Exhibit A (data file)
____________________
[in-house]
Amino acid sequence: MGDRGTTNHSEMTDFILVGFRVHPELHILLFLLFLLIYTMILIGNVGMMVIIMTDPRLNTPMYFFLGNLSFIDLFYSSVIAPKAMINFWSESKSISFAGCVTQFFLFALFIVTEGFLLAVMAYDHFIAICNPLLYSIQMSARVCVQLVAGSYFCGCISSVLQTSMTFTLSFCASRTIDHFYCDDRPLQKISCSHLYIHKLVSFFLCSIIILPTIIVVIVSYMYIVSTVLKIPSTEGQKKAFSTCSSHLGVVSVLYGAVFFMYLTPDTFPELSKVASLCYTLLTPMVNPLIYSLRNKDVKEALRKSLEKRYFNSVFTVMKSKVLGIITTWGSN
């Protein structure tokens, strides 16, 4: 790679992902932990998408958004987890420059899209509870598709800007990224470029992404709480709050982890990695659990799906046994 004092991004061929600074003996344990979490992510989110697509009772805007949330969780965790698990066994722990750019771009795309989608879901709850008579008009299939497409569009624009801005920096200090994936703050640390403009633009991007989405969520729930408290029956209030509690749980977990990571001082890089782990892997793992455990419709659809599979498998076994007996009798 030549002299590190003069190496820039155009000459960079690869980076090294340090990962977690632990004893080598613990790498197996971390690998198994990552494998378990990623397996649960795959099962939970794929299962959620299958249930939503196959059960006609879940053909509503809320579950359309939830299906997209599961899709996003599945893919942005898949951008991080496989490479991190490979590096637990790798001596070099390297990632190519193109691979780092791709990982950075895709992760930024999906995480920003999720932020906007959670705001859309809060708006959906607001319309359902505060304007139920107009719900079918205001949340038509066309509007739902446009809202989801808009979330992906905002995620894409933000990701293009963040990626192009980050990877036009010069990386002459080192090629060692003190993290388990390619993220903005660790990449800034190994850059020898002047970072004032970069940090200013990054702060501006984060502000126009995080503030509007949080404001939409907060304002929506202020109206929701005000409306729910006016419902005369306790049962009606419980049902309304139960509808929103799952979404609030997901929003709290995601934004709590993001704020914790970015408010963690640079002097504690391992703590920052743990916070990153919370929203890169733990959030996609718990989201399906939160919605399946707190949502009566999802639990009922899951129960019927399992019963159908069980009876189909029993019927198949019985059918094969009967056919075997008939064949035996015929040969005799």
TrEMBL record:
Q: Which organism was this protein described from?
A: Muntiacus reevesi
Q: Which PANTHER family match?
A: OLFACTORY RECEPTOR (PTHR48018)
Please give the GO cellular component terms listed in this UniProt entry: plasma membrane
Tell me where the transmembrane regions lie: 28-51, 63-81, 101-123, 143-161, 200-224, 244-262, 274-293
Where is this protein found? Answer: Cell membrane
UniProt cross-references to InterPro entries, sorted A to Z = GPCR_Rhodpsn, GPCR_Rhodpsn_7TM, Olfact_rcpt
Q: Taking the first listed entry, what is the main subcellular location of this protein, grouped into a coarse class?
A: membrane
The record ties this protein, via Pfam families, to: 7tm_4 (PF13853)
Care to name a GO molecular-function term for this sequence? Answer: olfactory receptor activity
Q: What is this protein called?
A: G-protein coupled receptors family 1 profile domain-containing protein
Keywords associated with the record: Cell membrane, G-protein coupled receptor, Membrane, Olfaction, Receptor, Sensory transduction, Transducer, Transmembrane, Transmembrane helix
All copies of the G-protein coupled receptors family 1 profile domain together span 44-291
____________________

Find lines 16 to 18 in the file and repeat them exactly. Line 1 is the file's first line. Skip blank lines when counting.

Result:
Care to name a GO molecular-function term for this sequence? Answer: olfactory receptor activity
Q: What is this protein called?
A: G-protein coupled receptors family 1 profile domain-containing protein